Residents expressed fury at the Coalition for turning their neighbourhood into a battlefield, as well as for arresting residents suspected of being militants.


"The inhabitants are angry because the Americans... used aircraft and bombed civilians randomly, and arrested people randomly thanks to the misinformation of their informants," said Khaled al-Issawi, an elder from the area.


On March 31, five Marines were killed when their Humvee was hit by a roadside bomb outside the town.


The same day inside the city, guerrillas attacked two vehicles carrying armed security contractors on the main road through Fallujah, killing at least four.


Day labourer Salaam Hashem says he was a passenger in the car that was behind one of the contractors' vehicles when it was attacked.


"They were waiting at the traffic [intersection] when two resistance fighters came at them from the left. They used small arms, coming very close to the cars to avoid hitting the others," he said.


"One of the [contractors'] cars tried to jump the divider to get away, but when he crossed he hit another parked car. One of the attackers chased him, and shot the driver.


"The fighter then came up to the side of the car, and shot the second person. She was a woman. She had tried to open the window to use [a] gun, but she couldn't use it before [the insurgent] fired."


According to a source in the ICDC, who preferred not to give his name, the insurgents withdrew after the attack. The ICDC blamed the mutilation on a group of day labourers, waiting by the side of the road for work.


After the ambush, the report said, the labourers set upon the bodies, hacking them apart with their shovels and picks. Body parts were weighted with bricks and thrown over a power line.


The labourers chanted a song glorifying revenge, "Where can those, upon whom we shall avenge ourselves, run away?"


The incident took place approximately 100 metres from the town's police station.


"When the police came to help, the people said 'they are agents'. They threw stones and shoes," said a local police officer. The bodies were then taken to the town's main bridge and hung.


One ICDC officer, who preferred to remain nameless, blamed the violence on "the American insistence on entering the town... The resistance wants nothing more than for the Americans not to enter."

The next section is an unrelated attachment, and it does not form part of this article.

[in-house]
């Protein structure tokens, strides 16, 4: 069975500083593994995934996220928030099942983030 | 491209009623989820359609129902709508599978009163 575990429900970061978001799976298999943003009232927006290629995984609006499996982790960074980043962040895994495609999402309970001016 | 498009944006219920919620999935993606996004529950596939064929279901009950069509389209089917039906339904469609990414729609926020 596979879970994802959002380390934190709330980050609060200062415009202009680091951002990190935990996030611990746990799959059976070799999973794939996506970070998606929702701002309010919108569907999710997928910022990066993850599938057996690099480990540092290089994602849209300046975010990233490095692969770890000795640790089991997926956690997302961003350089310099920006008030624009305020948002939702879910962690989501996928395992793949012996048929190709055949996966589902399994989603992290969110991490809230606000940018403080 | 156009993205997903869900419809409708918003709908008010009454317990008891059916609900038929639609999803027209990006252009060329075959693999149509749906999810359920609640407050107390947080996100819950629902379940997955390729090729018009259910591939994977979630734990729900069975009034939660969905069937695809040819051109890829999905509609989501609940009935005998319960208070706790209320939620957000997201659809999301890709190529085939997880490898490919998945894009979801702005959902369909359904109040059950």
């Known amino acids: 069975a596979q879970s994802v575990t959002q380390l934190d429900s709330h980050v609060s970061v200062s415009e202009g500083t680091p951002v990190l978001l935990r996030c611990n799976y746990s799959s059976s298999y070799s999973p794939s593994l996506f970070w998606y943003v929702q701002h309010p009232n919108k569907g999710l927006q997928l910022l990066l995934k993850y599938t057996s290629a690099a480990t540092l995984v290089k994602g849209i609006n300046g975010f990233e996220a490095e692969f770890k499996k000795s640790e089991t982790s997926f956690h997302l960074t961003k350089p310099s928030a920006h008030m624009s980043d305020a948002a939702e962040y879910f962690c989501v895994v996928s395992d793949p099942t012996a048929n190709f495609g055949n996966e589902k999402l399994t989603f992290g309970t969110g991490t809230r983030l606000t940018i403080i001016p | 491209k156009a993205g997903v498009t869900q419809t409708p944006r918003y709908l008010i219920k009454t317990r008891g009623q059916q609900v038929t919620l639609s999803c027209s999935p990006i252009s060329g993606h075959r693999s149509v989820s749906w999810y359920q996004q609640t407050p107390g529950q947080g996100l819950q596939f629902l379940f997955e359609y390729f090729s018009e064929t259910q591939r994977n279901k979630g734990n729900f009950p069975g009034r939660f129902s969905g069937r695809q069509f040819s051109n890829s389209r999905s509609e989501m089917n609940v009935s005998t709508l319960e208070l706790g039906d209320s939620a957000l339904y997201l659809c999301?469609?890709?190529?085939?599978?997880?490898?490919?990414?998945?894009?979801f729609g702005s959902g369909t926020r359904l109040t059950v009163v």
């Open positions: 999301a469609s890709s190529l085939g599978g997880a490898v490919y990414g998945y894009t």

"We told them that if you ever come to visit the ICDC, we will leave as soon as you arrive. We will quit, because we will be subject to attack," said a colleague.


Prominent residents of Fallujah, meanwhile, condemned the mutilation of the contractors' bodies. Local mosques posted a fatwa from the Muslim Clerics' Board - a conservative religious authority - condemning the "criminal deed".


A pamphlet issued in the name of the "mujahidun" also denounced the desecration, blaming it on "people in the town who wish revenge on the US military".


Some, however, blamed the anger on alleged US abuses, including raids on suspected insurgents' homes and the confiscation of their identity documents and money.


Tribal leader Sheikh Thahran al-Sadiq said that he "rejected and condemned" the mutilations, but added "there is a reason for it. The US army entered the town and took people's money and identification, and never returned them. And they killed people, without caring".


One taxi driver, who proudly proclaimed himself a member of the resistance, said that the movement's sole goal was to drive the Americans out of Fallujah.


"Before [the arrest of ousted President Saddam Hussein], when we attacked the US army, the people thought that we wanted Saddam to come back," he said. "It is now clear that we are not fighting for Saddam. We are fighting to push out the US troops."


Wisam al-Jaff is an IWPR trainee